My best-selling book, 11 Things You Must Do Right To Keep Your Dog Healthy and Happy shows you how to raise your Old English Mastiff in all the right ways that help prevent health problems. Become your dog's health care champion!

Michele Welton with BuffyAbout the author: Michele Welton has over 40 years of experience as a Dog Trainer, Dog Breed Consultant, and founder of three Dog Training Centers. An expert researcher and author of 15 books about dogs, she loves helping people choose, train, and care for their dogs.

To help you train and care for your dog

dog training videos Dog training videos. Sometimes it's easier to train your puppy (or adult dog) when you can see the correct training techniques in action.

The problem is that most dog training videos on the internet are worthless, because they use the wrong training method. I recommend these dog training videos that are based on respect and leadership.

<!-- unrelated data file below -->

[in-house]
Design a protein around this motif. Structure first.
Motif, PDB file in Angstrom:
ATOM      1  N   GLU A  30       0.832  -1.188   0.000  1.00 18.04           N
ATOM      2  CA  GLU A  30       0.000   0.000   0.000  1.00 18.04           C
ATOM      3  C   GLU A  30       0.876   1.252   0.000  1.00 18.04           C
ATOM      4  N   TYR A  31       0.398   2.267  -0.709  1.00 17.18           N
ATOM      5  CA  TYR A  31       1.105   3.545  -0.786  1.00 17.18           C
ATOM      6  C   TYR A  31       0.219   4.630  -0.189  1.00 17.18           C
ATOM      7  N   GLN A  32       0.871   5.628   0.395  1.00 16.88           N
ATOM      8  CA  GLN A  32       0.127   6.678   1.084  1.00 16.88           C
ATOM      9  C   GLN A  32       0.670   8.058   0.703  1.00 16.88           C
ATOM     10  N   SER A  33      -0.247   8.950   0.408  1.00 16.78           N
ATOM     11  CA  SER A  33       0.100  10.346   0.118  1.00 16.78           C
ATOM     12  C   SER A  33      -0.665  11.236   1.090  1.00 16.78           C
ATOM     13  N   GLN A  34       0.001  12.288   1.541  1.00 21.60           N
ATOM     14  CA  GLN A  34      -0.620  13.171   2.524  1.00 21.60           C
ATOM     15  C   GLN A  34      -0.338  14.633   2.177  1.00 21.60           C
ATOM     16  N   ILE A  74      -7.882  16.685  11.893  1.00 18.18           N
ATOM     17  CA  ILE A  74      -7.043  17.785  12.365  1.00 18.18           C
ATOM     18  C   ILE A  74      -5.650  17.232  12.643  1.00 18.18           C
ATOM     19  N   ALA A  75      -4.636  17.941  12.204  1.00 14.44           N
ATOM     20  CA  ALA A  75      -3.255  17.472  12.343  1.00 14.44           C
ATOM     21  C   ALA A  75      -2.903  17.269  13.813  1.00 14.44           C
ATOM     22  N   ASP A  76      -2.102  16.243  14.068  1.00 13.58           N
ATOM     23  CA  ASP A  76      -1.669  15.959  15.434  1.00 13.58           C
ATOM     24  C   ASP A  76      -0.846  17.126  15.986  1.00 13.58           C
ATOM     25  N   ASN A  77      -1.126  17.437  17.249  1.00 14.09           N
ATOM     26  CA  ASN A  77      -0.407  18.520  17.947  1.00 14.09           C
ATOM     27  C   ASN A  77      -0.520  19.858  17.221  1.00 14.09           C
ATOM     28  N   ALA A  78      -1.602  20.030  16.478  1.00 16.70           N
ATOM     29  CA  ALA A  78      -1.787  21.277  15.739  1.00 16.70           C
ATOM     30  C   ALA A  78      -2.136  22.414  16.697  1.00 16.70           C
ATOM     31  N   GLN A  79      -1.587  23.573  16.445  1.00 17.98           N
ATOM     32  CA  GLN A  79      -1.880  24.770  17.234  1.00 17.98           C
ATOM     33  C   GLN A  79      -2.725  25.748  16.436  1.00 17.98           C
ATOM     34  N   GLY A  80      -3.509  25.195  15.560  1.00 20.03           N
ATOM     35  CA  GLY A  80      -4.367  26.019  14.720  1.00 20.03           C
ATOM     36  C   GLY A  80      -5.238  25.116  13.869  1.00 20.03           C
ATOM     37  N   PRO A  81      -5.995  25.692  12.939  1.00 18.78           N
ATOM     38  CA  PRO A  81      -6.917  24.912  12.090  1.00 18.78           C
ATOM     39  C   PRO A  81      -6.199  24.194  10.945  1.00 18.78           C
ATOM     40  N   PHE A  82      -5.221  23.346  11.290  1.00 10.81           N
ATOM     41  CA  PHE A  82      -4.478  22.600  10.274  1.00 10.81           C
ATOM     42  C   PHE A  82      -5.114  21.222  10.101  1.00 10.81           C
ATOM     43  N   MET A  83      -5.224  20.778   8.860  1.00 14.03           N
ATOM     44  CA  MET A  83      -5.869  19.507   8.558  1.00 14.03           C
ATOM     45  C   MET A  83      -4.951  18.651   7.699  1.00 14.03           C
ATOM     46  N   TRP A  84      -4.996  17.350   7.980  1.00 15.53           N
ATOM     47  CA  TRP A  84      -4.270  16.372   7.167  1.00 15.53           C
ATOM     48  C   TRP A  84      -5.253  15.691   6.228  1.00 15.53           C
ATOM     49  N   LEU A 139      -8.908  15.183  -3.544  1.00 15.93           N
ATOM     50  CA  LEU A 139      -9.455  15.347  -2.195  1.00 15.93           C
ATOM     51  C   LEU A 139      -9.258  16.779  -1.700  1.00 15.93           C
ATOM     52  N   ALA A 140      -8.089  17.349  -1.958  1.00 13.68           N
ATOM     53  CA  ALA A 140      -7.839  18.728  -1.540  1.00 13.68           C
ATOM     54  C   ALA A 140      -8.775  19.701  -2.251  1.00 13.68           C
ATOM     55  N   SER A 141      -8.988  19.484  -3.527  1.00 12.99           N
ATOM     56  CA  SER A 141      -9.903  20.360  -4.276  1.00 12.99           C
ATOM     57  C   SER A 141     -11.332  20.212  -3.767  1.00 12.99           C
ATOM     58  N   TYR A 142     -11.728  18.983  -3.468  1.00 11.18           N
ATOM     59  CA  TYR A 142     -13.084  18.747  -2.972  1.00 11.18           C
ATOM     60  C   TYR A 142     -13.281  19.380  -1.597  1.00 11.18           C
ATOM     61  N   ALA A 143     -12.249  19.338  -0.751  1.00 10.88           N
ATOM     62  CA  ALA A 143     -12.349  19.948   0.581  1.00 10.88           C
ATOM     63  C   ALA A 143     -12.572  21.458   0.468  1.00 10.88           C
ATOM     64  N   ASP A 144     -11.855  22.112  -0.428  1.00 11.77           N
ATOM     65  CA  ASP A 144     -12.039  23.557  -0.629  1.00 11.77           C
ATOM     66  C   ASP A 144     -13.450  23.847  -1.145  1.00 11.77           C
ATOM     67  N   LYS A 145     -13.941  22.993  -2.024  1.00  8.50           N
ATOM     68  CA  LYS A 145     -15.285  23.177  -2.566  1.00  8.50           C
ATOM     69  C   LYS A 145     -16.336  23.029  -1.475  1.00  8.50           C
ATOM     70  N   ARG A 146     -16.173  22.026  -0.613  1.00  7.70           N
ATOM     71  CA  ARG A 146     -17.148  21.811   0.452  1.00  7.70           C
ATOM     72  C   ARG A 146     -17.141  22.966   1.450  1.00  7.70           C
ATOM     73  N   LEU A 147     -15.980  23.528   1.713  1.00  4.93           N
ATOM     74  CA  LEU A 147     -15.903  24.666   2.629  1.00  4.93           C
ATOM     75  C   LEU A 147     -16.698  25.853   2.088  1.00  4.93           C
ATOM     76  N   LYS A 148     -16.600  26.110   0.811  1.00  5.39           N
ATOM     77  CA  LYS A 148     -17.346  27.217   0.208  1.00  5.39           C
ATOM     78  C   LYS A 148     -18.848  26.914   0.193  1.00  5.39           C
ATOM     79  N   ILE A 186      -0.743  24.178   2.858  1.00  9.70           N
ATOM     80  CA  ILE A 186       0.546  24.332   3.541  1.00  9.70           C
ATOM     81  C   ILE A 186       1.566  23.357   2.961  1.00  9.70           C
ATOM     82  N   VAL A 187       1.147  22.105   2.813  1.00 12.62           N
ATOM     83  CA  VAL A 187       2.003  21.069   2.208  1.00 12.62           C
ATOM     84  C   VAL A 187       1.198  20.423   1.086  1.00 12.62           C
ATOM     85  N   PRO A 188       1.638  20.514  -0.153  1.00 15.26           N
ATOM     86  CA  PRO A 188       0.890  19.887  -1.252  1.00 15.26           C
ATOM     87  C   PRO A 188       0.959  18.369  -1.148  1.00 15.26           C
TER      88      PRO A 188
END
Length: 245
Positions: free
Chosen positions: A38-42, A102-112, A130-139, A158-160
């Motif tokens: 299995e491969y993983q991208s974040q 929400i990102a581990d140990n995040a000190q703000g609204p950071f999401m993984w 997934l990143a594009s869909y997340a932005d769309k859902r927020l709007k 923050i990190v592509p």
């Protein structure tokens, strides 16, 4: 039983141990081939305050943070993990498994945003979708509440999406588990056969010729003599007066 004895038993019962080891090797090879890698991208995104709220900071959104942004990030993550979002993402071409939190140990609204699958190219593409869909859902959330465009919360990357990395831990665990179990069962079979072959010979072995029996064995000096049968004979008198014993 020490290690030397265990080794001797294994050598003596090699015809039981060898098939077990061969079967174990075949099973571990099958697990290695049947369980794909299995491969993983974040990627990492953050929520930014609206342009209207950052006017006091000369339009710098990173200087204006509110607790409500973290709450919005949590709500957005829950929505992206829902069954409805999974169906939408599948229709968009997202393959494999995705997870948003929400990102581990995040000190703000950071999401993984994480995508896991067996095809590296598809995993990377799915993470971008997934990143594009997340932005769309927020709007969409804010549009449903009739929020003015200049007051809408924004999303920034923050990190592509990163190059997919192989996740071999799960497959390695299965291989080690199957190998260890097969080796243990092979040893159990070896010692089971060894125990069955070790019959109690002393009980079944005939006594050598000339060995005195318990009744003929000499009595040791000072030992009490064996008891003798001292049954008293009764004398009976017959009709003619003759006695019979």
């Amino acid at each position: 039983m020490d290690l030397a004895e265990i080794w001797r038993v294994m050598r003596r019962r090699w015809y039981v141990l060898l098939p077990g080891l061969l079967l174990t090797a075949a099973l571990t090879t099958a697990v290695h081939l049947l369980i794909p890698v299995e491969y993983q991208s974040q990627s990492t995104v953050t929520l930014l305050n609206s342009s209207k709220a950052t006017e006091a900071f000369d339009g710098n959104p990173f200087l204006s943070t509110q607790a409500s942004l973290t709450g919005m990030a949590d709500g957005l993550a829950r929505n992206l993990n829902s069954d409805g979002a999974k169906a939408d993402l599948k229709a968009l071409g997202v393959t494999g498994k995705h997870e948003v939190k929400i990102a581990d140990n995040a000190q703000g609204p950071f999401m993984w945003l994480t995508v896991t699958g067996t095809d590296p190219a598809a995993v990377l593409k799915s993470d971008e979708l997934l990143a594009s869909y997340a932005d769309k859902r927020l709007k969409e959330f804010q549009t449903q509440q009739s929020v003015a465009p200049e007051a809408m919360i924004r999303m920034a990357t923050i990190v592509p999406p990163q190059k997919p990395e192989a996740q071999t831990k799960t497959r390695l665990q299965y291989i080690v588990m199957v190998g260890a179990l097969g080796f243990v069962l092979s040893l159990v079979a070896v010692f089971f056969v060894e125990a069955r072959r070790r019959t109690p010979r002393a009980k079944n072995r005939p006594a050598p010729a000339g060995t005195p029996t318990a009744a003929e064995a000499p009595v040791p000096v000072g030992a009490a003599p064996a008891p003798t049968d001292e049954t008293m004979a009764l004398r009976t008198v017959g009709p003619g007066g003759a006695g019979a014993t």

book coverRespect Training For Puppies: 30 seconds to a calm, polite, well-behaved puppy. For puppies 2 to 18 months old. Your puppy will learn the 21 skills that all family dogs need to know.
If your dog is over 18 months, you'll want book coverRespect Training For Adult Dogs: 30 seconds to a calm, polite, well-behaved dog. Again your dog will learn the 21 skills that all family dogs need to know.
book coverTeach Your Dog 100 English Words is a unique Vocabulary and Respect Training Program that will teach your adult dog to listen to you and do what you say.
book cover11 Things You Must Do Right To Keep Your Dog Healthy and Happy helps your dog live a longer, healthier life.
book coverDog Quest: Find The Dog Of Your Dreams will help you find a good-tempered, healthy family companion.